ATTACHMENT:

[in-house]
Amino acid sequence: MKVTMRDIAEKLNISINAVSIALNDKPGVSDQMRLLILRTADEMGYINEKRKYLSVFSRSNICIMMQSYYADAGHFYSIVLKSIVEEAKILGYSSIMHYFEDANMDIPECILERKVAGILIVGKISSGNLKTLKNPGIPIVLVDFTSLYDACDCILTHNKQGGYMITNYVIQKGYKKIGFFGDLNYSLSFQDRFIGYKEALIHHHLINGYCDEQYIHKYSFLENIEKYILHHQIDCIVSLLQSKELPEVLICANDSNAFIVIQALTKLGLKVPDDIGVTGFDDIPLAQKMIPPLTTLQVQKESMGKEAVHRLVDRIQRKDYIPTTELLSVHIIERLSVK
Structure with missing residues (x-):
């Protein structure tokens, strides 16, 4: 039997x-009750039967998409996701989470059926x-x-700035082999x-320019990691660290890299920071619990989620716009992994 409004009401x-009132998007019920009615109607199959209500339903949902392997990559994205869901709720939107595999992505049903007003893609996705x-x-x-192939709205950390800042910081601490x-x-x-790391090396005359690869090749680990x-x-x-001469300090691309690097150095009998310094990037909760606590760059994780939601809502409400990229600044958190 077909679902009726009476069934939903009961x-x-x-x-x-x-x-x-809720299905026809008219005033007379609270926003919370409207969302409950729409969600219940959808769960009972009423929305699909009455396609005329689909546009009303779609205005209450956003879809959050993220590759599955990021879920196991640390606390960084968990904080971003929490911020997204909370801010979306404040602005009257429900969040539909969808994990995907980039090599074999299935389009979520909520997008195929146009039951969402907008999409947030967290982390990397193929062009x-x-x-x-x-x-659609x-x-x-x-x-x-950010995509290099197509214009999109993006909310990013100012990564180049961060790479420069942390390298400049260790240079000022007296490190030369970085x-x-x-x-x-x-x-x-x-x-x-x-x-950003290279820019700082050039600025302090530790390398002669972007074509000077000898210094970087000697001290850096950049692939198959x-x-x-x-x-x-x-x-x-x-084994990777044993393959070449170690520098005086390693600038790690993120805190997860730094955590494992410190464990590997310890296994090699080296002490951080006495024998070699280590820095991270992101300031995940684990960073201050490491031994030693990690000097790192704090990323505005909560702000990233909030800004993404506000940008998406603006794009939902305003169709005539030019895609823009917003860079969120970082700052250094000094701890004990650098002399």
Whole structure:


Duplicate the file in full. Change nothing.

[in-house]
Amino acid sequence: MKVTMRDIAEKLNISINAVSIALNDKPGVSDQMRLLILRTADEMGYINEKRKYLSVFSRSNICIMMQSYYADAGHFYSIVLKSIVEEAKILGYSSIMHYFEDANMDIPECILERKVAGILIVGKISSGNLKTLKNPGIPIVLVDFTSLYDACDCILTHNKQGGYMITNYVIQKGYKKIGFFGDLNYSLSFQDRFIGYKEALIHHHLINGYCDEQYIHKYSFLENIEKYILHHQIDCIVSLLQSKELPEVLICANDSNAFIVIQALTKLGLKVPDDIGVTGFDDIPLAQKMIPPLTTLQVQKESMGKEAVHRLVDRIQRKDYIPTTELLSVHIIERLSVK
Structure with missing residues (x-):
């Protein structure tokens, strides 16, 4: 039997x-009750039967998409996701989470059926x-x-700035082999x-320019990691660290890299920071619990989620716009992994 409004009401x-009132998007019920009615109607199959209500339903949902392997990559994205869901709720939107595999992505049903007003893609996705x-x-x-192939709205950390800042910081601490x-x-x-790391090396005359690869090749680990x-x-x-001469300090691309690097150095009998310094990037909760606590760059994780939601809502409400990229600044958190 077909679902009726009476069934939903009961x-x-x-x-x-x-x-x-809720299905026809008219005033007379609270926003919370409207969302409950729409969600219940959808769960009972009423929305699909009455396609005329689909546009009303779609205005209450956003879809959050993220590759599955990021879920196991640390606390960084968990904080971003929490911020997204909370801010979306404040602005009257429900969040539909969808994990995907980039090599074999299935389009979520909520997008195929146009039951969402907008999409947030967290982390990397193929062009x-x-x-x-x-x-659609x-x-x-x-x-x-950010995509290099197509214009999109993006909310990013100012990564180049961060790479420069942390390298400049260790240079000022007296490190030369970085x-x-x-x-x-x-x-x-x-x-x-x-x-950003290279820019700082050039600025302090530790390398002669972007074509000077000898210094970087000697001290850096950049692939198959x-x-x-x-x-x-x-x-x-x-084994990777044993393959070449170690520098005086390693600038790690993120805190997860730094955590494992410190464990590997310890296994090699080296002490951080006495024998070699280590820095991270992101300031995940684990960073201050490491031994030693990690000097790192704090990323505005909560702000990233909030800004993404506000940008998406603006794009939902305003169709005539030019895609823009917003860079969120970082700052250094000094701890004990650098002399």
Whole structure: